Underneath 107 Marsh Street
When you have a cold, it is often easy to tell because you have symptoms. Your nose runs, your eyes hurt, you cough, How do you know when your home is sick? What symptoms do you look for, and what are the treatments?
Recently, the owners of 107 Marsh Street had a feeling that their house was sick. They were smelling u usual smells, the air quality inside was not what they hoped it would be and the big tell-tale sign was when her wood floors in her kitchen started buckling. They knew something was wrong, and after talking to flooring contractors and builders, Carolina Crawlspace Solutions was recommended to them.
They met with Leonard Farrugia (owner of Carolina Crawlspace Solutions) and together they went under the house. The problem was apparent. The moisture level under the home was significantly higher than it should be, and there was a large amount of mold present on the wood that supports the house.
When most folks think of moisture under the house, they think of water flowing in during a flood or water pooling from an HVAC system. Most crawlspaces have a moisture level that varies throughout the year as temperatures and relative humidity levels change. Over time, this can cause mold to build up, fungus to grow, and deterioration of wood that can cause floors to change shape, sag, and buckle.
In a nutshell, this was what was happening under the floor at 107 Marsh Street. This home was originally built in 1910, and a hundred years is a long time for moisture to be hanging out under a home. While the rest of the home had been lovingly maintained the crawlspace had not been addressed in many years.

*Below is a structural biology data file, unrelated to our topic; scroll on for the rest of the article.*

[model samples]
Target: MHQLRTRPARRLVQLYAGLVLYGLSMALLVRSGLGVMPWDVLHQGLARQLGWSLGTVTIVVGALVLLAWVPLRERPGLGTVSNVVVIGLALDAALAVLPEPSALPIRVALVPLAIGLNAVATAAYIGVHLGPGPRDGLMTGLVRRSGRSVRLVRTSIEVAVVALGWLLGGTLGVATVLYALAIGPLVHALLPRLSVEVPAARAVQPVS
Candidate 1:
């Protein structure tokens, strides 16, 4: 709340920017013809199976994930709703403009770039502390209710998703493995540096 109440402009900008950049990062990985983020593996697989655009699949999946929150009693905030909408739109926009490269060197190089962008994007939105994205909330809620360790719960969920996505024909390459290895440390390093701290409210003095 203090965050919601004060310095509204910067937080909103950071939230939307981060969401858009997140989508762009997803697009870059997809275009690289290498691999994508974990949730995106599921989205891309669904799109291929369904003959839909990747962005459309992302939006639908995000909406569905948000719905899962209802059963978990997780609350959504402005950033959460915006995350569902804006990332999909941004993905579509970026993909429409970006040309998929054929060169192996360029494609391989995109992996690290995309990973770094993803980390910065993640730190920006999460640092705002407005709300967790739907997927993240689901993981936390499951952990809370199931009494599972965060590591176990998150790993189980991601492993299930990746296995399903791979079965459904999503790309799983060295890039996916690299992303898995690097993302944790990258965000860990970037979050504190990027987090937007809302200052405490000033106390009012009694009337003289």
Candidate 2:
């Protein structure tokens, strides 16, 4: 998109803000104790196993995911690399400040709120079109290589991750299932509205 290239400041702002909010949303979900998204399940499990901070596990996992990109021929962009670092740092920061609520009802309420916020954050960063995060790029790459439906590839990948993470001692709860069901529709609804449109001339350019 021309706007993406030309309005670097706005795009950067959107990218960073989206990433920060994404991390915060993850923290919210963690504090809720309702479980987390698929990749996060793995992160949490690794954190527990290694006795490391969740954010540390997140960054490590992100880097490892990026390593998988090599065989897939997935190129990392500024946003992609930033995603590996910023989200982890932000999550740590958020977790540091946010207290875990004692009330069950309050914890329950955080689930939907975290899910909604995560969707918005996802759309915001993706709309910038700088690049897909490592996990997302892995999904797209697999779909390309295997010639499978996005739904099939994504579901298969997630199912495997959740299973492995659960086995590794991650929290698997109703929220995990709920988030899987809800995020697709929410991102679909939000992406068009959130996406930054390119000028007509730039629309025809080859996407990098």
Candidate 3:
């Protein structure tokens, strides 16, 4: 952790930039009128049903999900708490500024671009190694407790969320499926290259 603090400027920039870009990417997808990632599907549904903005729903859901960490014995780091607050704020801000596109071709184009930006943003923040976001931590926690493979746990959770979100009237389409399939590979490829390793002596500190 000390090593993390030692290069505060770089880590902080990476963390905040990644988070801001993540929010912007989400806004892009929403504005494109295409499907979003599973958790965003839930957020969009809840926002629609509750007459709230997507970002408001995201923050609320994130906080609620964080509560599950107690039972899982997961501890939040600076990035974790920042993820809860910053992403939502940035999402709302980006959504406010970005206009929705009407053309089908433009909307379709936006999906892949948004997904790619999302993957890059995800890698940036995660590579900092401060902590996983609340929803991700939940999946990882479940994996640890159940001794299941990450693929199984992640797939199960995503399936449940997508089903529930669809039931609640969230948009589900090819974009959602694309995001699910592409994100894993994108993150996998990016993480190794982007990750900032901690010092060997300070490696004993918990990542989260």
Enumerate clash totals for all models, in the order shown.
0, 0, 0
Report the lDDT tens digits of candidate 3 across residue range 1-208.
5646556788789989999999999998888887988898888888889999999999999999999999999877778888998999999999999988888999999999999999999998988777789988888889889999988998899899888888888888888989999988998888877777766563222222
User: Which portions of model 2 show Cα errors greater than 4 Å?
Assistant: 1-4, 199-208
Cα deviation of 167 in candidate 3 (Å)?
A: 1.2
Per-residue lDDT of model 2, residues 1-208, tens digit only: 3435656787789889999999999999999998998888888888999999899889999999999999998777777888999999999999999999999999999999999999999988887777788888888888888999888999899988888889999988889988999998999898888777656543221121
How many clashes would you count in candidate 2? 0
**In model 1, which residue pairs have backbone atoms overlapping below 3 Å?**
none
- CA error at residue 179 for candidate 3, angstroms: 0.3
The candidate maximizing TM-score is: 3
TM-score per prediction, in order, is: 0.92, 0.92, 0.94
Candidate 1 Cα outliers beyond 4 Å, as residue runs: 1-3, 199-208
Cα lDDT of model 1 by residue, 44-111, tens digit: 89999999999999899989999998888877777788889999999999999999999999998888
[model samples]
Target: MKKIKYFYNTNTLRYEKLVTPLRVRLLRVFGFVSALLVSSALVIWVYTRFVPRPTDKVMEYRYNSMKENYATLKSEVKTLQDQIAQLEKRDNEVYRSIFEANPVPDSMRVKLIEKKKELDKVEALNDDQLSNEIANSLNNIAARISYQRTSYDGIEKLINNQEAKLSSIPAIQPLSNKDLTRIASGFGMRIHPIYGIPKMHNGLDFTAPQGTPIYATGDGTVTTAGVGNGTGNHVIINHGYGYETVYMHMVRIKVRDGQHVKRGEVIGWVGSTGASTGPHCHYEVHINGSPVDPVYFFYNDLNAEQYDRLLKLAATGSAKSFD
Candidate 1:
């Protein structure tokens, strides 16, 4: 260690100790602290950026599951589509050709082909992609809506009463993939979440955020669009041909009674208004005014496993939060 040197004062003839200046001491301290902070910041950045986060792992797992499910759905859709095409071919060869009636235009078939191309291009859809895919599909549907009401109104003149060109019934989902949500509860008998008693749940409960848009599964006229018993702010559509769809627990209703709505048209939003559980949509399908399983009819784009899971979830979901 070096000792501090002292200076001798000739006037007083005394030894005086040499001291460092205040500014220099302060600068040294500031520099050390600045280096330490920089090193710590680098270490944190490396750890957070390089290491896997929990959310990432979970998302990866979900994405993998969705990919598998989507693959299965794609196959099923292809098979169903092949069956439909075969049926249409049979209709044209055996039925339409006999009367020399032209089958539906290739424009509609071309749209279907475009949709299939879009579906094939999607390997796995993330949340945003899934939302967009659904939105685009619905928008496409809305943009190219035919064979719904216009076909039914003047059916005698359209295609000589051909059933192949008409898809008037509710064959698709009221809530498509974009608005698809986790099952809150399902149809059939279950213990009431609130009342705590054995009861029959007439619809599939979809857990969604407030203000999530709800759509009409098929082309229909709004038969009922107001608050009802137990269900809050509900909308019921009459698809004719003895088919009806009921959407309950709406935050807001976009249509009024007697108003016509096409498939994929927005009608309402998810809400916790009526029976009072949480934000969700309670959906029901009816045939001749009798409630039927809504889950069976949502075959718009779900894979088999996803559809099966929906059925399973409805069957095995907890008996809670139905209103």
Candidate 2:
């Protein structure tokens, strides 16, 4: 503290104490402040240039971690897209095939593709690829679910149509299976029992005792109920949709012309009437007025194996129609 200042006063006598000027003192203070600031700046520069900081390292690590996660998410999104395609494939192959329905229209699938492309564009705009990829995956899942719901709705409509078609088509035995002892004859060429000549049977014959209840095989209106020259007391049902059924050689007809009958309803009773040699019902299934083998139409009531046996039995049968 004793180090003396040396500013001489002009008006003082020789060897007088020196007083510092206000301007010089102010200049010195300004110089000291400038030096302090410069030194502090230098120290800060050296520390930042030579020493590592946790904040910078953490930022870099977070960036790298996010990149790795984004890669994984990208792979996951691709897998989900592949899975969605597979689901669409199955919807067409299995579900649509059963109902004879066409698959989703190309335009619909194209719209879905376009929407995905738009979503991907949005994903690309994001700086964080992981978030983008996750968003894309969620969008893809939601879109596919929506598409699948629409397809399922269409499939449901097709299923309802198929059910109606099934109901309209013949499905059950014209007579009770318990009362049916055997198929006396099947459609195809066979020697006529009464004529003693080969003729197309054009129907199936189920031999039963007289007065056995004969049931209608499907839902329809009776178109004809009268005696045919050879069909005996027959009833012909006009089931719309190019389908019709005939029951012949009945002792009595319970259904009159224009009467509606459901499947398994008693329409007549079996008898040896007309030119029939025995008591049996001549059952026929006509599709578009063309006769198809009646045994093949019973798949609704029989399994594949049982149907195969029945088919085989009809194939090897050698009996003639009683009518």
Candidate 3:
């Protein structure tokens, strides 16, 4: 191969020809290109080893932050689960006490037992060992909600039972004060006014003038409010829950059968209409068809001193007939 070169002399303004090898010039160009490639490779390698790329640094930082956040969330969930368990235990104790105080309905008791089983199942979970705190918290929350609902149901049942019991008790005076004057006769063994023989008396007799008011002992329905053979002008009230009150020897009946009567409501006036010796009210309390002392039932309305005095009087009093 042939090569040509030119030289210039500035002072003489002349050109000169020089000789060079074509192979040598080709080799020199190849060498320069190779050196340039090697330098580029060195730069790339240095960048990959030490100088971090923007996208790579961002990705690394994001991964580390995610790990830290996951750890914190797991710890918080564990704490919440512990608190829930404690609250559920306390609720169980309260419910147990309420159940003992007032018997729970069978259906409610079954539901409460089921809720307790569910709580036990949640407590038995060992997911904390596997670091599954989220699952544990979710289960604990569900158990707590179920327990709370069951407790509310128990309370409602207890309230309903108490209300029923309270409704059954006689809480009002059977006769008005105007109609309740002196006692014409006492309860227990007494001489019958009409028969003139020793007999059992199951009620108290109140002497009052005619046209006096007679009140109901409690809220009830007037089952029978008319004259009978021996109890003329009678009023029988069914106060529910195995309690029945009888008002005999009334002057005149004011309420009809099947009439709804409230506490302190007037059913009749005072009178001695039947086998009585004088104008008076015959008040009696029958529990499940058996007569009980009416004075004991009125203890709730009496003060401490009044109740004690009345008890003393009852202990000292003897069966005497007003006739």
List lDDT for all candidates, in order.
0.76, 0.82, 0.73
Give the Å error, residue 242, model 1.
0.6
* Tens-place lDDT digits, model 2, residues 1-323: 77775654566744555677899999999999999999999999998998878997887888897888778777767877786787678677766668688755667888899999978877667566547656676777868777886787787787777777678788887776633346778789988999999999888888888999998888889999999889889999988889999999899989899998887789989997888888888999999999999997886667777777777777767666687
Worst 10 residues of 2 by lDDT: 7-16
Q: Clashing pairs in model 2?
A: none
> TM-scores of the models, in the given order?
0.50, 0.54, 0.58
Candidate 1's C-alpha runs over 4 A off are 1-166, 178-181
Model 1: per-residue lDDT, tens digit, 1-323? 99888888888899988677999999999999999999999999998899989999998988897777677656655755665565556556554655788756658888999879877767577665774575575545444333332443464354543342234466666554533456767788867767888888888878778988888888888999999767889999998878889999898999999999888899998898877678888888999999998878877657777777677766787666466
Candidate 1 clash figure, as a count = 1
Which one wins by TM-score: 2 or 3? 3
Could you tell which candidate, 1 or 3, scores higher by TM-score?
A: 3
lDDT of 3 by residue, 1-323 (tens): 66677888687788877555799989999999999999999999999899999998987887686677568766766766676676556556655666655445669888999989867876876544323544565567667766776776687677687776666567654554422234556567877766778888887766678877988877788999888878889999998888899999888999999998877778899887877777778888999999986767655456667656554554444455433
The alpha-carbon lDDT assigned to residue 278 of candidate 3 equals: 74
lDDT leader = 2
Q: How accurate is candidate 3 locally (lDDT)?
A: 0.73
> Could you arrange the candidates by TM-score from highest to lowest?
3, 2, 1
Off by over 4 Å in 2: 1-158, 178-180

Carolina Crawlspace Solutions assessed the problems and began with mold remediation work. They installed interior french drains and a sump pump to get rid of the ground water present. They then sealed the holes in the foundation with cement and epoxies. The next step was to insulate the foundation wall, not the floor, as many people expect.This allows the floor to 'breathe' and dry out.
Once the moisture level was down to the correct level, they wrapped the floors, piers, and walls in 90-mil thick liner which not only encapsulates the space, it also works as a mold and mildew barrier. Many other crawlspace companies use thinner material, but Carolina Crawlspace Solutions has learned over time that the better the barrier, the better the crawlspace. The additional benefit to using that particular narrier is it comes with a 25-year warranty.
In certain situations, a dehumidifier is necessary to maintain the correct balances, but in this situation, it was not required. They were able to tap into the existing HVAC system to climate-control the space, drying out the floor system and keeping the wood moisture content down.
Long story short, the work that Carolina Crawlspace Solutions did stopped all the outside air from coming in, they cleaned out the existing mold, mildew, and rot, they repaired the damage caused over the years, and they sealed and climate controlled the space, achieving a low wood moisture content.
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the stack effect
Stack effect refers to a common physics phenomena that explains why everything happening in the crawl space has a direct impact on your home's indoor air quality and energy efficiency.
As heated air rises inside a building, it exits the structure from any openings in uppermost levels: attic vents, windows, and wall and ceiling gaps. As that happens, the indoor air supply is consistently being replenished with air sucked in from the lowest levels of the building: the basement and crawl space. Therefore, at least one third of the air breathed in a home is coming from the home's crawl space or basement.
If the crawl space is moldy and rotten mold spores and dust mite waste pellets are being consistently sucked in with that air. Most spores and dust mite pellets re the two main indoor allergens, known to cause mild to severe upper respiratory allergy symptoms in sensitive people, the elderly and small children.